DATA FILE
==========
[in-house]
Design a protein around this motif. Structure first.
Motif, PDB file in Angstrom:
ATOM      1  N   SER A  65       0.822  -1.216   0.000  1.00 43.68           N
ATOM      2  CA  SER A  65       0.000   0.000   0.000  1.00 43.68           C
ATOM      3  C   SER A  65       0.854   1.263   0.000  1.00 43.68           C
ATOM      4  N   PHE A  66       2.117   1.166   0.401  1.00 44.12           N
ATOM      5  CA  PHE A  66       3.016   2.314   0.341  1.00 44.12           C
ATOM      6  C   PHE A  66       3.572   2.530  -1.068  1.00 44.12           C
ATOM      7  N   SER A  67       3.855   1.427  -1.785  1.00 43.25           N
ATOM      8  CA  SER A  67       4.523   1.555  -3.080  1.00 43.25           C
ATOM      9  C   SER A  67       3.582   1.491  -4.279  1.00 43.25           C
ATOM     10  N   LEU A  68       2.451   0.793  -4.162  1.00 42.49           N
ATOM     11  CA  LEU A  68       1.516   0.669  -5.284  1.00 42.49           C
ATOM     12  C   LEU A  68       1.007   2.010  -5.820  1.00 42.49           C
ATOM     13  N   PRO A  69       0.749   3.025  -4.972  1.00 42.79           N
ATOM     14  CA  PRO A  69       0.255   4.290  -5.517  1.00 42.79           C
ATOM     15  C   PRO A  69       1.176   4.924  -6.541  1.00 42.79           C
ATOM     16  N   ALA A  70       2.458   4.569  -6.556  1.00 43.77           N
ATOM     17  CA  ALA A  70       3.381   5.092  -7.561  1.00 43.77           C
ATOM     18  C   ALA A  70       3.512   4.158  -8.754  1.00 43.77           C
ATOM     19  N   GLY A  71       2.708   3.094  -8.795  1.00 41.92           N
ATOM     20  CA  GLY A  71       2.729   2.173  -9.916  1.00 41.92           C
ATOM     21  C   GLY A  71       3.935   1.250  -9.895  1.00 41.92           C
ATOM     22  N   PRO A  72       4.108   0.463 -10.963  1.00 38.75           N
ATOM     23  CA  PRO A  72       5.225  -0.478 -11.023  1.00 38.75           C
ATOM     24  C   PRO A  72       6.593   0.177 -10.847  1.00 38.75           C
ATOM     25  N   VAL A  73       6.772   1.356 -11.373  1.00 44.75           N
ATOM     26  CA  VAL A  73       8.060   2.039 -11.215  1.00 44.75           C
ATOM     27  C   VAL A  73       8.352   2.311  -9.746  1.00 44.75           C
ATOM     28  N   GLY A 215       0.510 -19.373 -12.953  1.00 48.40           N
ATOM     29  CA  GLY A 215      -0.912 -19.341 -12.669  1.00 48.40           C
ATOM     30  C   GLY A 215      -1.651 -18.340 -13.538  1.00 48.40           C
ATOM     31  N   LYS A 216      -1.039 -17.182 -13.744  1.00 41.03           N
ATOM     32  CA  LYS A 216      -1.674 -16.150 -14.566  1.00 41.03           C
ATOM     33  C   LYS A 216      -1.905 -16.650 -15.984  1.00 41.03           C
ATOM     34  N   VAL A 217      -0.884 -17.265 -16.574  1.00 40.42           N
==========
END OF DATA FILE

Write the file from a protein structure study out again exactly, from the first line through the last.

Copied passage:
[in-house]
Design a protein around this motif. Structure first.
Motif, PDB file in Angstrom:
ATOM      1  N   SER A  65       0.822  -1.216   0.000  1.00 43.68           N
ATOM      2  CA  SER A  65       0.000   0.000   0.000  1.00 43.68           C
ATOM      3  C   SER A  65       0.854   1.263   0.000  1.00 43.68           C
ATOM      4  N   PHE A  66       2.117   1.166   0.401  1.00 44.12           N
ATOM      5  CA  PHE A  66       3.016   2.314   0.341  1.00 44.12           C
ATOM      6  C   PHE A  66       3.572   2.530  -1.068  1.00 44.12           C
ATOM      7  N   SER A  67       3.855   1.427  -1.785  1.00 43.25           N
ATOM      8  CA  SER A  67       4.523   1.555  -3.080  1.00 43.25           C
ATOM      9  C   SER A  67       3.582   1.491  -4.279  1.00 43.25           C
ATOM     10  N   LEU A  68       2.451   0.793  -4.162  1.00 42.49           N
ATOM     11  CA  LEU A  68       1.516   0.669  -5.284  1.00 42.49           C
ATOM     12  C   LEU A  68       1.007   2.010  -5.820  1.00 42.49           C
ATOM     13  N   PRO A  69       0.749   3.025  -4.972  1.00 42.79           N
ATOM     14  CA  PRO A  69       0.255   4.290  -5.517  1.00 42.79           C
ATOM     15  C   PRO A  69       1.176   4.924  -6.541  1.00 42.79           C
ATOM     16  N   ALA A  70       2.458   4.569  -6.556  1.00 43.77           N
ATOM     17  CA  ALA A  70       3.381   5.092  -7.561  1.00 43.77           C
ATOM     18  C   ALA A  70       3.512   4.158  -8.754  1.00 43.77           C
ATOM     19  N   GLY A  71       2.708   3.094  -8.795  1.00 41.92           N
ATOM     20  CA  GLY A  71       2.729   2.173  -9.916  1.00 41.92           C
ATOM     21  C   GLY A  71       3.935   1.250  -9.895  1.00 41.92           C
ATOM     22  N   PRO A  72       4.108   0.463 -10.963  1.00 38.75           N
ATOM     23  CA  PRO A  72       5.225  -0.478 -11.023  1.00 38.75           C
ATOM     24  C   PRO A  72       6.593   0.177 -10.847  1.00 38.75           C
ATOM     25  N   VAL A  73       6.772   1.356 -11.373  1.00 44.75           N
ATOM     26  CA  VAL A  73       8.060   2.039 -11.215  1.00 44.75           C
ATOM     27  C   VAL A  73       8.352   2.311  -9.746  1.00 44.75           C
ATOM     28  N   GLY A 215       0.510 -19.373 -12.953  1.00 48.40           N
ATOM     29  CA  GLY A 215      -0.912 -19.341 -12.669  1.00 48.40           C
ATOM     30  C   GLY A 215      -1.651 -18.340 -13.538  1.00 48.40           C
ATOM     31  N   LYS A 216      -1.039 -17.182 -13.744  1.00 41.03           N
ATOM     32  CA  LYS A 216      -1.674 -16.150 -14.566  1.00 41.03           C
ATOM     33  C   LYS A 216      -1.905 -16.650 -15.984  1.00 41.03           C
ATOM     34  N   VAL A 217      -0.884 -17.265 -16.574  1.00 40.42           N